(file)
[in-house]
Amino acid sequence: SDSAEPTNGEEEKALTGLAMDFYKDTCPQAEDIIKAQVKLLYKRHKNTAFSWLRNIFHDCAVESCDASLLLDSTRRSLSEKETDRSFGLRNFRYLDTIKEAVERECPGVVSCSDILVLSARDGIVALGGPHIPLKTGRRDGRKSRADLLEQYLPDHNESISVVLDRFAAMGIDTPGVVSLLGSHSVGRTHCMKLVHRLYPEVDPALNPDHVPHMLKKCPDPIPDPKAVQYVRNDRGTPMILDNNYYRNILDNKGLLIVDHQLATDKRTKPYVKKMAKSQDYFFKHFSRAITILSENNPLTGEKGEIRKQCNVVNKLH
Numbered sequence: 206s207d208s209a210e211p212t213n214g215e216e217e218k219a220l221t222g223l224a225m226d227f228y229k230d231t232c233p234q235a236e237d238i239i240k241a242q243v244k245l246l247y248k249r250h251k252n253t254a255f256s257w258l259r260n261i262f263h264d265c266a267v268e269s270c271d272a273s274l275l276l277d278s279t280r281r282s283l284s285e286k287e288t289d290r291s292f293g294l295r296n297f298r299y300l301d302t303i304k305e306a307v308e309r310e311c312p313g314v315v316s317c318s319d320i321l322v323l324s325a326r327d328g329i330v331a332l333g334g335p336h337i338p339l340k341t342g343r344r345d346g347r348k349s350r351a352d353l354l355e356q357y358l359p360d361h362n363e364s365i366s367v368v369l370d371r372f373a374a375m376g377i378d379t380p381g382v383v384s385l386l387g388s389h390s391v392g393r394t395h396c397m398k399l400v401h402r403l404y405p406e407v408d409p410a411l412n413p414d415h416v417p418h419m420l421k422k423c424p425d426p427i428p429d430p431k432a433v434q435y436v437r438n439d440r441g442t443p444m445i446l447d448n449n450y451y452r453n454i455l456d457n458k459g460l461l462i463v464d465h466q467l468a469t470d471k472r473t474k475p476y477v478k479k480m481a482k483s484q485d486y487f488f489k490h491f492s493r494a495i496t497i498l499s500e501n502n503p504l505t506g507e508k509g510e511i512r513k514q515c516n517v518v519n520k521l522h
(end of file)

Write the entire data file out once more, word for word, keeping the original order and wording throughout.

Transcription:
[in-house]
Amino acid sequence: SDSAEPTNGEEEKALTGLAMDFYKDTCPQAEDIIKAQVKLLYKRHKNTAFSWLRNIFHDCAVESCDASLLLDSTRRSLSEKETDRSFGLRNFRYLDTIKEAVERECPGVVSCSDILVLSARDGIVALGGPHIPLKTGRRDGRKSRADLLEQYLPDHNESISVVLDRFAAMGIDTPGVVSLLGSHSVGRTHCMKLVHRLYPEVDPALNPDHVPHMLKKCPDPIPDPKAVQYVRNDRGTPMILDNNYYRNILDNKGLLIVDHQLATDKRTKPYVKKMAKSQDYFFKHFSRAITILSENNPLTGEKGEIRKQCNVVNKLH
Numbered sequence: 206s207d208s209a210e211p212t213n214g215e216e217e218k219a220l221t222g223l224a225m226d227f228y229k230d231t232c233p234q235a236e237d238i239i240k241a242q243v244k245l246l247y248k249r250h251k252n253t254a255f256s257w258l259r260n261i262f263h264d265c266a267v268e269s270c271d272a273s274l275l276l277d278s279t280r281r282s283l284s285e286k287e288t289d290r291s292f293g294l295r296n297f298r299y300l301d302t303i304k305e306a307v308e309r310e311c312p313g314v315v316s317c318s319d320i321l322v323l324s325a326r327d328g329i330v331a332l333g334g335p336h337i338p339l340k341t342g343r344r345d346g347r348k349s350r351a352d353l354l355e356q357y358l359p360d361h362n363e364s365i366s367v368v369l370d371r372f373a374a375m376g377i378d379t380p381g382v383v384s385l386l387g388s389h390s391v392g393r394t395h396c397m398k399l400v401h402r403l404y405p406e407v408d409p410a411l412n413p414d415h416v417p418h419m420l421k422k423c424p425d426p427i428p429d430p431k432a433v434q435y436v437r438n439d440r441g442t443p444m445i446l447d448n449n450y451y452r453n454i455l456d457n458k459g460l461l462i463v464d465h466q467l468a469t470d471k472r473t474k475p476y477v478k479k480m481a482k483s484q485d486y487f488f489k490h491f492s493r494a495i496t497i498l499s500e501n502n503p504l505t506g507e508k509g510e511i512r513k514q515c516n517v518v519n520k521l522h